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Understanding and Teaching Children with PDA Autism

PDA Autism

Children with PDA autism (Pathological Demand Avoidance) require specialised support and understanding to thrive in their educational journey. Understanding the needs of children with this form of Autism will help you better understand the way their brains work and learn about the support and teaching methods these children need. PDA can make children with this disorder difficult to teach. This is why we’re here to give you all the tips and information about children with PDA to help make their schooling easier.

Defining PDA Autism

PDA autism is a subtype of autism spectrum disorder. Its key characteristics seen in children are; an intense resistance to demands, no matter how routine or minor, a need for control, and, irresponsive to conventional teaching approaches. These characteristics are often linked back to anxiety and the need for control over their daily life.

PDA autism can lead to difficulties in social interaction, emotional regulation and adaptive functioning. Find out more about Pathological demand avoidance here.

Teaching Methods for Children with PDA Autism

Teaching children with PDA autism, due to the nature of its characteristics, can be a difficult task. Though, not impossible. The key to teaching these children lies in the control that is given to them over their lesson choice, though this is not available in the traditional school setting.

Flexibility

Offering choices and negotiating on these can help minimise children’s anxiety and give them a sense of control over their choice of activities. Adding flexibility to your teaching will create a more relaxed and cooperative learning environment.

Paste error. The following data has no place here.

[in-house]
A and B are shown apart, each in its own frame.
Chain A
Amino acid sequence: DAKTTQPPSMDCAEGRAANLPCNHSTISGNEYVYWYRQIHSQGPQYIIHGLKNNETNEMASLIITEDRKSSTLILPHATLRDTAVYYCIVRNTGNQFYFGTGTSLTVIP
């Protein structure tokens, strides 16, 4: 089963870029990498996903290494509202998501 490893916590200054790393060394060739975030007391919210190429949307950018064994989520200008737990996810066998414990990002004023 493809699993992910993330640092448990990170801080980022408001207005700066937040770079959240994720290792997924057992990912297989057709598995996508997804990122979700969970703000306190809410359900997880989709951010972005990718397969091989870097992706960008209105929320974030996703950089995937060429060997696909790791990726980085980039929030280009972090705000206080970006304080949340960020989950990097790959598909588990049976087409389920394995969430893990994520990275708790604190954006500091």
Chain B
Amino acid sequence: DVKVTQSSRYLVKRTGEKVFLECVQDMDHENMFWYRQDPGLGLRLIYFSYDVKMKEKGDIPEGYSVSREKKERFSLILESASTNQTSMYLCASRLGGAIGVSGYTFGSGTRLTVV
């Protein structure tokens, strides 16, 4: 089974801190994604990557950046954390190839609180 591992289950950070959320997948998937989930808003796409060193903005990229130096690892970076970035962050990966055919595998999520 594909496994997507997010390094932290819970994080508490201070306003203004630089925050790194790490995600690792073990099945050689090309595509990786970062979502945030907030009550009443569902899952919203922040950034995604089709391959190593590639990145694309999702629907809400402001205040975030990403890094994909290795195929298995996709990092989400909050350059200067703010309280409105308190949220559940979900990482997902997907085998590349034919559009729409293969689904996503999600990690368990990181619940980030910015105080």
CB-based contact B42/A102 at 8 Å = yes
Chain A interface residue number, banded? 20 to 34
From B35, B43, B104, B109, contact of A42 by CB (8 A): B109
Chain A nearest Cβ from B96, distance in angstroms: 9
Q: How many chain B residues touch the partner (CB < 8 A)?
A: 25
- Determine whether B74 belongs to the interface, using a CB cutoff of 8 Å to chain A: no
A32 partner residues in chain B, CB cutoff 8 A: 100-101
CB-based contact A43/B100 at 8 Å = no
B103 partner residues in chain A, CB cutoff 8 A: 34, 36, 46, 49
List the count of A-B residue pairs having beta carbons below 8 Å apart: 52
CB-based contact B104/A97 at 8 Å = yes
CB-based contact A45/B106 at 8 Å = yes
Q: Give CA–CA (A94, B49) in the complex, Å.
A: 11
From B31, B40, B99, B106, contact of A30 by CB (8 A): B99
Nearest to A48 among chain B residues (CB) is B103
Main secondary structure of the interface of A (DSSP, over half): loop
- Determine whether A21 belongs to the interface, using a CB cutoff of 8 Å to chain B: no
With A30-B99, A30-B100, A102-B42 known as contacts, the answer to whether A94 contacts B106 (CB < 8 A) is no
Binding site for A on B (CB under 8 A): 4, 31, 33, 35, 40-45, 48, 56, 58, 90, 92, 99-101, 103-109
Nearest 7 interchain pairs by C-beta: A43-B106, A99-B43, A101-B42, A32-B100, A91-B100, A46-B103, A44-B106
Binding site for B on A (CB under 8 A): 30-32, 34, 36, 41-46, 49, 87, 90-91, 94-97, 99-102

Child-Led Learning

Incorporate the Child’s interests into the lessons. Playing into their interests will encourage engagement and motivation to partake in the lessons. Alternatively, you can look into self-directed study, carrying out research or learning tasks by themselves will help children with PDA to feel more in control of their learning.

Visual and Structured Routines

Giving a child with PDA autism a visual schedule can provide predictability and reduce anxiety. Structured, but not strict routines, can help create a sense of security within these children. Helping them to better manage transitions and expectations.

Building Trust

Establishing a positive and supportive relationship of trust with children with PDA autism is crucial. Creating a safe place where they feel understood and valued will enhance their willingness to engage in lessons.

Many of the techniques and methods suggested for how to better help children with PDA autism are not available in the traditional school setting. This is why we recommend working with a tutor. We have tutors who specialise in SEN students and can help children to be who they are, whilst still furthering themselves through education.

To see how Powertutors can help visit here.

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